On Sunday, just a week after Luiz Ignacio Lula da Silva was sworn in as president, supporters of former President Jair Bolsonaro stormed Brazil’s Congress and other buildings against the outcome of the 2022 presidential election and the new administration. Analysts at Wells Fargo point out that despite political risk being typically elevated in Brazil, they believe Brazil’s “January 6 moment” will not have a long-lasting impact on local financial markets or the economy. They still see USD/BRL around 5.30 by the end of the first quarter.
Past weekend’s event unlikely to weigh on BRL
“Despite more elevated political risk, we maintain our view that the USD/BRL exchange rate can hover around BRL5.30 by the end of Q1-2023 and that the real can strengthen toward BRL5.00 by the end of this year. We also believe this past weekend’s events do not alter the course of Brazilian Central Bank (BCB) monetary policy, and we continue to believe BCB policymakers will initiate an easing cycle in Q3 of this year. And as far as the economy, our base case scenario is intact, and we believe Brazil’s economy will enter a mild and modest recession by the middle of this year.”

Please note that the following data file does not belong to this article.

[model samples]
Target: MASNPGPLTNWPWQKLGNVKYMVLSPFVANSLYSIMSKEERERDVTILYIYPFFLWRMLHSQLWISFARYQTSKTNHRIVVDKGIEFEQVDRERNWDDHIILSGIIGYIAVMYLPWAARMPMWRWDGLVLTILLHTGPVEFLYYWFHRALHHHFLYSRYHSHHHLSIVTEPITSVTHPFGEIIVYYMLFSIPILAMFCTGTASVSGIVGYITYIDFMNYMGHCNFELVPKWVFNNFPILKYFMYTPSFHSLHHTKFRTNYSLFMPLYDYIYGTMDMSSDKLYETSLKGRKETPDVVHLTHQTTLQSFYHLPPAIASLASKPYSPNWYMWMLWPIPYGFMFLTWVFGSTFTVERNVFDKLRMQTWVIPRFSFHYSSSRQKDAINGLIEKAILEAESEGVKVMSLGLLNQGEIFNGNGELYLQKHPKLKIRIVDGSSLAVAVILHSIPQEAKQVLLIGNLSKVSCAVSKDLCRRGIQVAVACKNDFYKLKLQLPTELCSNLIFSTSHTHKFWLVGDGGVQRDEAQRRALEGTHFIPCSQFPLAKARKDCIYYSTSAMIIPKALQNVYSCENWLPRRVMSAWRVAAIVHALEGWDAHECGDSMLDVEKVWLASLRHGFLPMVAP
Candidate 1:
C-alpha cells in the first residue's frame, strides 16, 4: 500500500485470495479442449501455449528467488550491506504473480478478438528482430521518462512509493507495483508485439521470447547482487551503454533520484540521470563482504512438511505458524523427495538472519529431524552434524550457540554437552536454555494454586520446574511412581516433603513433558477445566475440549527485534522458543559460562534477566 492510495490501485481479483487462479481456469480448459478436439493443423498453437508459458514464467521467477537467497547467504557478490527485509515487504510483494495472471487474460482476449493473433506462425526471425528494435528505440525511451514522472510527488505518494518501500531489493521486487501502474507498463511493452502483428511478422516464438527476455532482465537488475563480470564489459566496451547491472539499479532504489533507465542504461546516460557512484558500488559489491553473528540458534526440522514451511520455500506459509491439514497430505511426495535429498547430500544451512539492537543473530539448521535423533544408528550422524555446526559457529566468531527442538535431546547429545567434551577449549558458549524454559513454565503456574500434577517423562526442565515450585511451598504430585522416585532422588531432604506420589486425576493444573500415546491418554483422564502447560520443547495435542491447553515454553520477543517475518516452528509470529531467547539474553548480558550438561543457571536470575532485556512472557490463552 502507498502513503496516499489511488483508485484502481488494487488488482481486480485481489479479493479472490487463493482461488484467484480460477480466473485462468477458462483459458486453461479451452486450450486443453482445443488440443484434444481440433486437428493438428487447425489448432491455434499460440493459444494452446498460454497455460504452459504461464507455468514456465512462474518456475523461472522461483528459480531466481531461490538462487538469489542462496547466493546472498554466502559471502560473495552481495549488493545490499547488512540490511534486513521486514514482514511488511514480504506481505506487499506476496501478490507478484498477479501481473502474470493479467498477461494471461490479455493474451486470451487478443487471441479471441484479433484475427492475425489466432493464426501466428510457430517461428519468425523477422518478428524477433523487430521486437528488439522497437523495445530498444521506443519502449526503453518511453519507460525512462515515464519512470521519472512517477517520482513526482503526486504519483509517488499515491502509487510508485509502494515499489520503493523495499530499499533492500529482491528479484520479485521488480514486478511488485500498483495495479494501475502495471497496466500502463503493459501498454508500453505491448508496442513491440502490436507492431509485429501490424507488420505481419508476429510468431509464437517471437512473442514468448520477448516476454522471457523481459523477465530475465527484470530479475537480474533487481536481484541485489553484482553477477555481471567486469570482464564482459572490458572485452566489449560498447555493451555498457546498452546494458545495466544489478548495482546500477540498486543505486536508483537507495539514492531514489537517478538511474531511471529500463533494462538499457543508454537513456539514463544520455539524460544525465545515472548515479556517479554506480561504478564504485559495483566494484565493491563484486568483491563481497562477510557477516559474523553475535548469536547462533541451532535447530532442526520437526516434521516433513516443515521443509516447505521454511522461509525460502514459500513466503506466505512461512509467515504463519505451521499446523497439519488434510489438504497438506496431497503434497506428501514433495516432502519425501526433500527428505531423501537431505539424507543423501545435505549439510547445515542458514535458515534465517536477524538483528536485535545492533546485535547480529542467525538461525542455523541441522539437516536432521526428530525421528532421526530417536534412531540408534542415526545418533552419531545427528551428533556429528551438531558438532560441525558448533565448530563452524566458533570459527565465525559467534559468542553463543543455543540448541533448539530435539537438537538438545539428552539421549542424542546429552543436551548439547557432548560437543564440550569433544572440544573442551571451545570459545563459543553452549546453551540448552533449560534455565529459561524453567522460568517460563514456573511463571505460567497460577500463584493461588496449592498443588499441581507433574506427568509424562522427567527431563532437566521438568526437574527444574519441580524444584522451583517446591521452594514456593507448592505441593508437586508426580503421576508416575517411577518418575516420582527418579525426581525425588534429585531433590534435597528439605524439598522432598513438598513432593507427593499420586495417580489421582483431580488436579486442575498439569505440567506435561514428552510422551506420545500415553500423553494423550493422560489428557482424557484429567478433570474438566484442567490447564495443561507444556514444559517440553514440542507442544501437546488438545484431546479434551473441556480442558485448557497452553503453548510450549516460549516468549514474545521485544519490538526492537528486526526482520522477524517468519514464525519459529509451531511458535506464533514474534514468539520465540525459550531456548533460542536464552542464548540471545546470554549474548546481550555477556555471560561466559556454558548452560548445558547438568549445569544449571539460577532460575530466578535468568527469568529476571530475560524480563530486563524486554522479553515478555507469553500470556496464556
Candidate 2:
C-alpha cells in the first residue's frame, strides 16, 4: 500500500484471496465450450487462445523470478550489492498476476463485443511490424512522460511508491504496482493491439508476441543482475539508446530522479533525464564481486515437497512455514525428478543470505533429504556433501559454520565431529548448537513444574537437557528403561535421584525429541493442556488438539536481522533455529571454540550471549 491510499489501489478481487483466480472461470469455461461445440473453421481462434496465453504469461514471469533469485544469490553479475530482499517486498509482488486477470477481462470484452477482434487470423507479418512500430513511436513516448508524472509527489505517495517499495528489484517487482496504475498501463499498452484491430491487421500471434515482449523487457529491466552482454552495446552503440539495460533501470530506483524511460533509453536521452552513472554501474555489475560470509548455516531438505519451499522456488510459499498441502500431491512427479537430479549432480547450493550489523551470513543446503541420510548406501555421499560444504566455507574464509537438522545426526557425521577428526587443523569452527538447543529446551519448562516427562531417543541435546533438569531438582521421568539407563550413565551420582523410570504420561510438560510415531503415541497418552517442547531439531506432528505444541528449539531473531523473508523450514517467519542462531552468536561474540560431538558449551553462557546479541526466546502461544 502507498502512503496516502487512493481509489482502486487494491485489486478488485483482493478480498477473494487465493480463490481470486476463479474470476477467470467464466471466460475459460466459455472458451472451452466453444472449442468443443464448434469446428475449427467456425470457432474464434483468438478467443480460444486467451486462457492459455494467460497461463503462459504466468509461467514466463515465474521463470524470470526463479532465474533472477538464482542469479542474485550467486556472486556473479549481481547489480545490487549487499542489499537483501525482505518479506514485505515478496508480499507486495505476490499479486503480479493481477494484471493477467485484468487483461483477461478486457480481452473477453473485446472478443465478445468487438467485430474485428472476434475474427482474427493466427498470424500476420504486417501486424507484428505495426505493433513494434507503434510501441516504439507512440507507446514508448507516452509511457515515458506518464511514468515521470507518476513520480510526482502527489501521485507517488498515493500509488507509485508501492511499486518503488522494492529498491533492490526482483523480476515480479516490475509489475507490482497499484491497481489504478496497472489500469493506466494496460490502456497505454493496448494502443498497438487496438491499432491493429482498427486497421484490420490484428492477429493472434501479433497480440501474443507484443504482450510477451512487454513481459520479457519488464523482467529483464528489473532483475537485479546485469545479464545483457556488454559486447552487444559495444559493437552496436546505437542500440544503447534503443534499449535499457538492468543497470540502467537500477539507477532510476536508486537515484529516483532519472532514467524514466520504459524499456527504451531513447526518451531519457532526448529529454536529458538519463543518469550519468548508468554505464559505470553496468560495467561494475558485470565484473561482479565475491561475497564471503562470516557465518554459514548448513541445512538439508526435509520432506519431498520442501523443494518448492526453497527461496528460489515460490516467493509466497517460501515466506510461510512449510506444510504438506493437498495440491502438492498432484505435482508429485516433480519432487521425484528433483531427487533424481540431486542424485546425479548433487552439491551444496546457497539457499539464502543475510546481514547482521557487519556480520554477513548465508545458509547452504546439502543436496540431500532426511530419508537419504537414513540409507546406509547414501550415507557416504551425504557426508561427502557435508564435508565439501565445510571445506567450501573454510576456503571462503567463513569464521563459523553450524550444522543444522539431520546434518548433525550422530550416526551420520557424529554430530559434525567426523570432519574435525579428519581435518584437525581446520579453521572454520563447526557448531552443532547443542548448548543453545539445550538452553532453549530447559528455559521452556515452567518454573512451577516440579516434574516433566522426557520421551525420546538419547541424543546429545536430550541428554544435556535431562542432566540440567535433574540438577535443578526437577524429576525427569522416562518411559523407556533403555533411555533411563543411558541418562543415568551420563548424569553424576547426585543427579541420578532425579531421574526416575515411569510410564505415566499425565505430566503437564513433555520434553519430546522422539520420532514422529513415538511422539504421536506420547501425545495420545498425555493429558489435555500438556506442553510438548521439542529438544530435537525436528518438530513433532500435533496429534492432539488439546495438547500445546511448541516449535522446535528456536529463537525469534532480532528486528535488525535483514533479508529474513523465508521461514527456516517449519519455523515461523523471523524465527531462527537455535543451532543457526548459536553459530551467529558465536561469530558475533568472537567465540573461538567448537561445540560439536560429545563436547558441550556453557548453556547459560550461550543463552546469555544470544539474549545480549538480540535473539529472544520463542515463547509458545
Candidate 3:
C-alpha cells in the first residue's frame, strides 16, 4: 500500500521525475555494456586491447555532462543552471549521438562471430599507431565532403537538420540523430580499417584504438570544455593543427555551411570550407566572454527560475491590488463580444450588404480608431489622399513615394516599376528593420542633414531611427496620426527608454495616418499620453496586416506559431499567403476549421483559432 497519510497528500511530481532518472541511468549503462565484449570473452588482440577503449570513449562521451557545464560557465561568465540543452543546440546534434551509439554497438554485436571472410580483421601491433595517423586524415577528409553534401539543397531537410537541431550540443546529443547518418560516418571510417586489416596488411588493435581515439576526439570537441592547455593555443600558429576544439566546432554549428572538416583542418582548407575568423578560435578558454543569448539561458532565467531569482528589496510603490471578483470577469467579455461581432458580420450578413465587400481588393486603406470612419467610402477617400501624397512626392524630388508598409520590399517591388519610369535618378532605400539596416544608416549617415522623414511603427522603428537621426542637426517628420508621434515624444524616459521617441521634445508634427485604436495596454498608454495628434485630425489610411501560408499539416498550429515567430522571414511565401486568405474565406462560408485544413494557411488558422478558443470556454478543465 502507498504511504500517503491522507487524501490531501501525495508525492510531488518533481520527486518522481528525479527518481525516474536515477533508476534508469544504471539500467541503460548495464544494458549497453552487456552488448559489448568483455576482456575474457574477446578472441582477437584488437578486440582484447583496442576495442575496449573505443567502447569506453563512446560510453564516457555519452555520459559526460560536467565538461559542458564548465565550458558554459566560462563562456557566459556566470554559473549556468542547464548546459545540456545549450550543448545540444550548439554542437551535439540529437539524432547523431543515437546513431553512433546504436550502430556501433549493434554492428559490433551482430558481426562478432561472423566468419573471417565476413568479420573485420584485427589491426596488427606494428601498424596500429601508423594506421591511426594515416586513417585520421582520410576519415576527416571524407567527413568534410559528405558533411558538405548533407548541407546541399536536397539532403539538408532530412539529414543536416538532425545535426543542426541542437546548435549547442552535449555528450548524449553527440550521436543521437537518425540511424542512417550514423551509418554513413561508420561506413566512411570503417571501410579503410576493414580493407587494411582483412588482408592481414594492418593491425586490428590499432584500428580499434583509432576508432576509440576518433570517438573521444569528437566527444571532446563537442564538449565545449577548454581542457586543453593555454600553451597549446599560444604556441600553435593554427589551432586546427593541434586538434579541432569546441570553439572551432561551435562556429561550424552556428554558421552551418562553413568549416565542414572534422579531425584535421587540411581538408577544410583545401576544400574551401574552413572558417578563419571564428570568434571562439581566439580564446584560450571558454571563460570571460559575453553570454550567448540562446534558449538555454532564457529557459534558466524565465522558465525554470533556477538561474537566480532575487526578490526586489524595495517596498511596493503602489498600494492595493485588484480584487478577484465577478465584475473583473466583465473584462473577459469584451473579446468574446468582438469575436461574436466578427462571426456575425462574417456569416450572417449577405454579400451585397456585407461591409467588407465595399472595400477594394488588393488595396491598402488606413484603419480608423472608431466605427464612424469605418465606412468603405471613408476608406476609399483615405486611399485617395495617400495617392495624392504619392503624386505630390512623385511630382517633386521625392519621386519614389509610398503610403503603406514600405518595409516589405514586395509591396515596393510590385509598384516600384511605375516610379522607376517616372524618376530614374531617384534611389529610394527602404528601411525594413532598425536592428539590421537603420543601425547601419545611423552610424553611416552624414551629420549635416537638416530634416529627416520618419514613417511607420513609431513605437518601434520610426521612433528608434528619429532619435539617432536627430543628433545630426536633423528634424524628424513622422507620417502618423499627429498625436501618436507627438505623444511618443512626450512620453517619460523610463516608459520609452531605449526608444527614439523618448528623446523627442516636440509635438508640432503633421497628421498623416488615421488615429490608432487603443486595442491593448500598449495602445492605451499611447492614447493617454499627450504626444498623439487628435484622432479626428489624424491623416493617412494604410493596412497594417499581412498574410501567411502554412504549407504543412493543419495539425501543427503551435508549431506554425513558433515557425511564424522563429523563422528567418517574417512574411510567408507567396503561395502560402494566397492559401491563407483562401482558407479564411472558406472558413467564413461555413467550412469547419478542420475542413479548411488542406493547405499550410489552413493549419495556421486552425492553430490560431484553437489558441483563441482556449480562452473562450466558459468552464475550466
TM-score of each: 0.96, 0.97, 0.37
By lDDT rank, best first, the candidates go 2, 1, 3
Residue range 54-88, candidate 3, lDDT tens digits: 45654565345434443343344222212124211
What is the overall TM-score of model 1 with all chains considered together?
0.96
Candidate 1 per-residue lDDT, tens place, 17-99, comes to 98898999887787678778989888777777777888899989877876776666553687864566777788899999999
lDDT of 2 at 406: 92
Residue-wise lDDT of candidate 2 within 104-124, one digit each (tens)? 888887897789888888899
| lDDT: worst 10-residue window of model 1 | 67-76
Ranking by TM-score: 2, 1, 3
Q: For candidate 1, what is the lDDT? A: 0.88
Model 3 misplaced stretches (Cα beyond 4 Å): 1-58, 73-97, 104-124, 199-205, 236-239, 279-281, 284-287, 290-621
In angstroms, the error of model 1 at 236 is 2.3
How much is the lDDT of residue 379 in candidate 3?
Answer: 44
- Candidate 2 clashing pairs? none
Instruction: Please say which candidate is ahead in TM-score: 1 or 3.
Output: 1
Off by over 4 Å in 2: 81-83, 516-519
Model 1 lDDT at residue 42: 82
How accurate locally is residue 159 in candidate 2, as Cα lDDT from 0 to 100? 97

“In the near-term, we will be focused on the Lula administration’s reaction to the riots, especially since federal intervention is in place through the end of the month.”
“Over the medium-to-longer term, Lula’s fiscal policy will likely be the driving force of the currency. Should future fiscal policies result in a further erosion of fiscal responsibility, we would turn outright negative on the currency for all of 2023, and our BRL5.00 target would be adjusted to reflect an outlook for Brazilian real weakness through the end of this year.”